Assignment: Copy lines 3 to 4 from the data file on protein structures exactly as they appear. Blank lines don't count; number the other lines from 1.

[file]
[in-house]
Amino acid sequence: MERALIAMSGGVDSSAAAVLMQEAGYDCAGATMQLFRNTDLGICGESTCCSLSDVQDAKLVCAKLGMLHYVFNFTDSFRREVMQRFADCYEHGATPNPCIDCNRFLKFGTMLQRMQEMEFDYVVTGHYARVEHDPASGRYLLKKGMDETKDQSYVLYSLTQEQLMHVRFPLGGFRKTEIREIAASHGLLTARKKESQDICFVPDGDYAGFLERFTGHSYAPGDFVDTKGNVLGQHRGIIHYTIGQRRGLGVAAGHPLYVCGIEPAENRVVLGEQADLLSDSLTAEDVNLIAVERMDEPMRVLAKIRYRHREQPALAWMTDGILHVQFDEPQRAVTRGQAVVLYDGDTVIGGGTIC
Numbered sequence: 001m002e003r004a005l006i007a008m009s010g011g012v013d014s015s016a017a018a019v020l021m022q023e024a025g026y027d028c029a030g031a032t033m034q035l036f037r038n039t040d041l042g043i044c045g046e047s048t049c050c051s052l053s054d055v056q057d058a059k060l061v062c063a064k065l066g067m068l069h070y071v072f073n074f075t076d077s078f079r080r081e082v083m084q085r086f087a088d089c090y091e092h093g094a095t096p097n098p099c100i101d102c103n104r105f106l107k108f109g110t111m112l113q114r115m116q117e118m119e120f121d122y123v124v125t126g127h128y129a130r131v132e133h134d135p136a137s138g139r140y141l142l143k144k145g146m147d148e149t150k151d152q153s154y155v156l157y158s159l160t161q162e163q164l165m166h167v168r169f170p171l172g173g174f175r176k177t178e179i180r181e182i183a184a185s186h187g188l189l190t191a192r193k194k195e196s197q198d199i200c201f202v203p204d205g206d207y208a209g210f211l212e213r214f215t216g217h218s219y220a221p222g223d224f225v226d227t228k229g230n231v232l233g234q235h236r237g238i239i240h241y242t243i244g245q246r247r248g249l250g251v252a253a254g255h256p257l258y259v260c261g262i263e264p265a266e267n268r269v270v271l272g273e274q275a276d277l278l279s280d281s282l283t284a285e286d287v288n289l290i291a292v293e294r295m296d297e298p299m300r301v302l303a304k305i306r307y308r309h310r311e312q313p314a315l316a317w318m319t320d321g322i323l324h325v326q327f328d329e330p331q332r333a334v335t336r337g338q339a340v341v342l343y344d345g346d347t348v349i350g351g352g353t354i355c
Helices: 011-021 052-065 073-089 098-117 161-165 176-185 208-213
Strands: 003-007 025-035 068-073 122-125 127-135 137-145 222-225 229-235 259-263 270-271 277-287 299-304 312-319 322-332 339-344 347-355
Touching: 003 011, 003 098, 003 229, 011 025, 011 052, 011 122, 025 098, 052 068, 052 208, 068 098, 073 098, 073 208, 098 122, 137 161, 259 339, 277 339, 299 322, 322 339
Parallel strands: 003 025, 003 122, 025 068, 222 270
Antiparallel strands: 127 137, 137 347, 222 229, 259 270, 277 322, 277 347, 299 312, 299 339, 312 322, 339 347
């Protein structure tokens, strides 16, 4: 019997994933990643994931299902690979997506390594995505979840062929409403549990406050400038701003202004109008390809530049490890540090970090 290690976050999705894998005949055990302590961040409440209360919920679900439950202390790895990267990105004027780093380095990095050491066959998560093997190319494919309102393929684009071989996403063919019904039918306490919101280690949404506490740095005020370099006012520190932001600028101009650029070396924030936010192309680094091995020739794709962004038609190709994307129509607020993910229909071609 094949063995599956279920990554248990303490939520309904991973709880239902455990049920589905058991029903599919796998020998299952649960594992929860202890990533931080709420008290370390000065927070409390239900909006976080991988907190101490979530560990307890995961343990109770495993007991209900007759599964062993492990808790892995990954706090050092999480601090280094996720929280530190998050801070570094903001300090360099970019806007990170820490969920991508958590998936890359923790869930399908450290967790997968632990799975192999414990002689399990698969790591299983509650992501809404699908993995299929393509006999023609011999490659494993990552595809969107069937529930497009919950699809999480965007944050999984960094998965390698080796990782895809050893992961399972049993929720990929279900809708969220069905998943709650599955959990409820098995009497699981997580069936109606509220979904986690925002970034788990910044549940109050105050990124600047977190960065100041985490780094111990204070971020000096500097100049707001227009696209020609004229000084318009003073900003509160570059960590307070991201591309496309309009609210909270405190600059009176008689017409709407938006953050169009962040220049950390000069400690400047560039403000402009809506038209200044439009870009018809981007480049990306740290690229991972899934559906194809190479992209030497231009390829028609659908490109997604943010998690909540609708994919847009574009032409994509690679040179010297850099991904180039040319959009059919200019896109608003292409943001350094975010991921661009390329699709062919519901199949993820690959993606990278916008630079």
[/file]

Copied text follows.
Numbered sequence: 001m002e003r004a005l006i007a008m009s010g011g012v013d014s015s016a017a018a019v020l021m022q023e024a025g026y027d028c029a030g031a032t033m034q035l036f037r038n039t040d041l042g043i044c045g046e047s048t049c050c051s052l053s054d055v056q057d058a059k060l061v062c063a064k065l066g067m068l069h070y071v072f073n074f075t076d077s078f079r080r081e082v083m084q085r086f087a088d089c090y091e092h093g094a095t096p097n098p099c100i101d102c103n104r105f106l107k108f109g110t111m112l113q114r115m116q117e118m119e120f121d122y123v124v125t126g127h128y129a130r131v132e133h134d135p136a137s138g139r140y141l142l143k144k145g146m147d148e149t150k151d152q153s154y155v156l157y158s159l160t161q162e163q164l165m166h167v168r169f170p171l172g173g174f175r176k177t178e179i180r181e182i183a184a185s186h187g188l189l190t191a192r193k194k195e196s197q198d199i200c201f202v203p204d205g206d207y208a209g210f211l212e213r214f215t216g217h218s219y220a221p222g223d224f225v226d227t228k229g230n231v232l233g234q235h236r237g238i239i240h241y242t243i244g245q246r247r248g249l250g251v252a253a254g255h256p257l258y259v260c261g262i263e264p265a266e267n268r269v270v271l272g273e274q275a276d277l278l279s280d281s282l283t284a285e286d287v288n289l290i291a292v293e294r295m296d297e298p299m300r301v302l303a304k305i306r307y308r309h310r311e312q313p314a315l316a317w318m319t320d321g322i323l324h325v326q327f328d329e330p331q332r333a334v335t336r337g338q339a340v341v342l343y344d345g346d347t348v349i350g351g352g353t354i355c
Helices: 011-021 052-065 073-089 098-117 161-165 176-185 208-213